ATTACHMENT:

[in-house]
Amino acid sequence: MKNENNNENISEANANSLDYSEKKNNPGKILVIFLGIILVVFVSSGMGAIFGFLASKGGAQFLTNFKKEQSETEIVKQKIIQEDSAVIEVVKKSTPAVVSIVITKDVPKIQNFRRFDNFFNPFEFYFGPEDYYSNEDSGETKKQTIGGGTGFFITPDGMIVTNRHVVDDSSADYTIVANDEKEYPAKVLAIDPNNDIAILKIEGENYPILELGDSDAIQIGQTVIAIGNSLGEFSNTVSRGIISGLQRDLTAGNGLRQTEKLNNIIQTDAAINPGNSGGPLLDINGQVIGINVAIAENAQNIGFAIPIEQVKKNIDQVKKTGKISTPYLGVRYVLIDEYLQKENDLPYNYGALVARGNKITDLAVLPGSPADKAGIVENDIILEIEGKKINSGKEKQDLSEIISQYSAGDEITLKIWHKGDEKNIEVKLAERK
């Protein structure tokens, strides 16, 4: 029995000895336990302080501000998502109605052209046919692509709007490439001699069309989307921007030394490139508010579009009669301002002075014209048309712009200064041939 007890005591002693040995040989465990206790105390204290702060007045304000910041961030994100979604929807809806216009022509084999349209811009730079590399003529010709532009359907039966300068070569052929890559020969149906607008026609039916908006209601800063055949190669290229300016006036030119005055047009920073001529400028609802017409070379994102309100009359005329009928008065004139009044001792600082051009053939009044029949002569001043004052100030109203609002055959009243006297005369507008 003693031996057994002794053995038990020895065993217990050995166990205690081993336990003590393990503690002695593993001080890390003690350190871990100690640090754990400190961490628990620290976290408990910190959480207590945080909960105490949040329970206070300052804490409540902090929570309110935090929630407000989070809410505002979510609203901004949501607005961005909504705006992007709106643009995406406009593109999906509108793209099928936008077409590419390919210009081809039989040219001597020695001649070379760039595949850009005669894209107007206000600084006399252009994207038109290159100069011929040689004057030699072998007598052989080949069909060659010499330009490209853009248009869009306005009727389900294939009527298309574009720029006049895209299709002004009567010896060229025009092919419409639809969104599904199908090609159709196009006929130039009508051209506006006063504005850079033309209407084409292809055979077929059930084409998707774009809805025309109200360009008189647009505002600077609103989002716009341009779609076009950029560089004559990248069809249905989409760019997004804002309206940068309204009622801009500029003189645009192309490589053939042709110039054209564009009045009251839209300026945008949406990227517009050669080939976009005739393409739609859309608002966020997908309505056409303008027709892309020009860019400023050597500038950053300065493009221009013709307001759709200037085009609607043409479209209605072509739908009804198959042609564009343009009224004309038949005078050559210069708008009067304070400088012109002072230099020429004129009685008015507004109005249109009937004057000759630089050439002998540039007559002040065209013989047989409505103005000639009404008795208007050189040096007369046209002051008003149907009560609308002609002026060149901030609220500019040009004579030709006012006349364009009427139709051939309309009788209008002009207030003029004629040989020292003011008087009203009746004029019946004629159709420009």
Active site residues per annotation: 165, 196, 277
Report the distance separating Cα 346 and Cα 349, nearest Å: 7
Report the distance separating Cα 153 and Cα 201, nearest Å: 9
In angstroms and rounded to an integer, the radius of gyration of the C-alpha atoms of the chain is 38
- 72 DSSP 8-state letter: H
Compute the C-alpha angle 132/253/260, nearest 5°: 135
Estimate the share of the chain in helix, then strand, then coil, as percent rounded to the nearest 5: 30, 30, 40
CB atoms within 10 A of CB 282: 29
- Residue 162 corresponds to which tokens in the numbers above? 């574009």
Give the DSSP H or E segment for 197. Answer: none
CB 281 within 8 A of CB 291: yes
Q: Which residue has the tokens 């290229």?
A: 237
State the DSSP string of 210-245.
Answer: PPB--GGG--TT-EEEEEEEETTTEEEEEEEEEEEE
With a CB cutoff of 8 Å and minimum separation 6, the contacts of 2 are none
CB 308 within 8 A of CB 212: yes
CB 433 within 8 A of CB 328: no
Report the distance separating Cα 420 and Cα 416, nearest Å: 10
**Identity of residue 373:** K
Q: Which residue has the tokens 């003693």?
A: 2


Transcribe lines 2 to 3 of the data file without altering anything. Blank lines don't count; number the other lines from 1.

Amino acid sequence: MKNENNNENISEANANSLDYSEKKNNPGKILVIFLGIILVVFVSSGMGAIFGFLASKGGAQFLTNFKKEQSETEIVKQKIIQEDSAVIEVVKKSTPAVVSIVITKDVPKIQNFRRFDNFFNPFEFYFGPEDYYSNEDSGETKKQTIGGGTGFFITPDGMIVTNRHVVDDSSADYTIVANDEKEYPAKVLAIDPNNDIAILKIEGENYPILELGDSDAIQIGQTVIAIGNSLGEFSNTVSRGIISGLQRDLTAGNGLRQTEKLNNIIQTDAAINPGNSGGPLLDINGQVIGINVAIAENAQNIGFAIPIEQVKKNIDQVKKTGKISTPYLGVRYVLIDEYLQKENDLPYNYGALVARGNKITDLAVLPGSPADKAGIVENDIILEIEGKKINSGKEKQDLSEIISQYSAGDEITLKIWHKGDEKNIEVKLAERK
């Protein structure tokens, strides 16, 4: 029995000895336990302080501000998502109605052209046919692509709007490439001699069309989307921007030394490139508010579009009669301002002075014209048309712009200064041939 007890005591002693040995040989465990206790105390204290702060007045304000910041961030994100979604929807809806216009022509084999349209811009730079590399003529010709532009359907039966300068070569052929890559020969149906607008026609039916908006209601800063055949190669290229300016006036030119005055047009920073001529400028609802017409070379994102309100009359005329009928008065004139009044001792600082051009053939009044029949002569001043004052100030109203609002055959009243006297005369507008 003693031996057994002794053995038990020895065993217990050995166990205690081993336990003590393990503690002695593993001080890390003690350190871990100690640090754990400190961490628990620290976290408990910190959480207590945080909960105490949040329970206070300052804490409540902090929570309110935090929630407000989070809410505002979510609203901004949501607005961005909504705006992007709106643009995406406009593109999906509108793209099928936008077409590419390919210009081809039989040219001597020695001649070379760039595949850009005669894209107007206000600084006399252009994207038109290159100069011929040689004057030699072998007598052989080949069909060659010499330009490209853009248009869009306005009727389900294939009527298309574009720029006049895209299709002004009567010896060229025009092919419409639809969104599904199908090609159709196009006929130039009508051209506006006063504005850079033309209407084409292809055979077929059930084409998707774009809805025309109200360009008189647009505002600077609103989002716009341009779609076009950029560089004559990248069809249905989409760019997004804002309206940068309204009622801009500029003189645009192309490589053939042709110039054209564009009045009251839209300026945008949406990227517009050669080939976009005739393409739609859309608002966020997908309505056409303008027709892309020009860019400023050597500038950053300065493009221009013709307001759709200037085009609607043409479209209605072509739908009804198959042609564009343009009224004309038949005078050559210069708008009067304070400088012109002072230099020429004129009685008015507004109005249109009937004057000759630089050439002998540039007559002040065209013989047989409505103005000639009404008795208007050189040096007369046209002051008003149907009560609308002609002026060149901030609220500019040009004579030709006012006349364009009427139709051939309309009788209008002009207030003029004629040989020292003011008087009203009746004029019946004629159709420009």